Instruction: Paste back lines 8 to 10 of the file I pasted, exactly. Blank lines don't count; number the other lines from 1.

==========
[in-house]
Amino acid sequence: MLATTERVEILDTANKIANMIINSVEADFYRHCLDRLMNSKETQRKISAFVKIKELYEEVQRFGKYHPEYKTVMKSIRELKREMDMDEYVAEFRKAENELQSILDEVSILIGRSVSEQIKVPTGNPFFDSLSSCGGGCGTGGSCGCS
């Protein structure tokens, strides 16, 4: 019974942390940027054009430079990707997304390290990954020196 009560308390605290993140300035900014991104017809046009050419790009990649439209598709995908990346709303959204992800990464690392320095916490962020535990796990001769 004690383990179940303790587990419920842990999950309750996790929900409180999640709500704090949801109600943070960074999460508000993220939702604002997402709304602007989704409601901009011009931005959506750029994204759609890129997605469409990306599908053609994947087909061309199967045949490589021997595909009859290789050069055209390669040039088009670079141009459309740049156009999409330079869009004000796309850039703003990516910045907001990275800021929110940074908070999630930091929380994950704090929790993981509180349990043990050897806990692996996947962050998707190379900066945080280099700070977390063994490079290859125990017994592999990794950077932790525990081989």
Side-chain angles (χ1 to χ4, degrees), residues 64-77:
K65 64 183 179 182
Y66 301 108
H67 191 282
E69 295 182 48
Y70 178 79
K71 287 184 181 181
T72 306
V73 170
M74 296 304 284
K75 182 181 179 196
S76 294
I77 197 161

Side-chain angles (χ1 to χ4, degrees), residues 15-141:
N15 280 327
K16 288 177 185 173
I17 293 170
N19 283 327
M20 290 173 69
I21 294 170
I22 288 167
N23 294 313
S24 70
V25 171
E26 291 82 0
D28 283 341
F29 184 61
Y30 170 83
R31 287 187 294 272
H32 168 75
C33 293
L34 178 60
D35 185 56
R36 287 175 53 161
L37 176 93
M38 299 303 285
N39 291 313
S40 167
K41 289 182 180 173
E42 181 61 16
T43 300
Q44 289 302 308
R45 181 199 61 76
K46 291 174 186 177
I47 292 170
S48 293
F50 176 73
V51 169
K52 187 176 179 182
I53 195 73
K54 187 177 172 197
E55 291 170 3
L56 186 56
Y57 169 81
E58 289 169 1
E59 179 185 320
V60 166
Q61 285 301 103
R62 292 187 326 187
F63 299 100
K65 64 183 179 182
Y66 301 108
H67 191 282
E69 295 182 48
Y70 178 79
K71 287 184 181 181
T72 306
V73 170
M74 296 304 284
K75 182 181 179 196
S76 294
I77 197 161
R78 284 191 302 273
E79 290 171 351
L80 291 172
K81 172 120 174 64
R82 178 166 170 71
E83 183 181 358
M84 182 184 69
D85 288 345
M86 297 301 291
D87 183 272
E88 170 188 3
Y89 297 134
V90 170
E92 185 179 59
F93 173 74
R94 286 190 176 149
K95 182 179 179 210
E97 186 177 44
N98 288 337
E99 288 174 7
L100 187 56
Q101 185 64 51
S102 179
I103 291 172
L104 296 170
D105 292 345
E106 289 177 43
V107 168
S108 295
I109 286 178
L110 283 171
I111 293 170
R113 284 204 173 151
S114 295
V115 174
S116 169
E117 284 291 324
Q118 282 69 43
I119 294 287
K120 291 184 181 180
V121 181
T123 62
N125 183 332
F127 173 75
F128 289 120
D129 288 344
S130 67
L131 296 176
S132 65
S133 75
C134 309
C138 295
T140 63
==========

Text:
E69 295 182 48
Y70 178 79
K71 287 184 181 181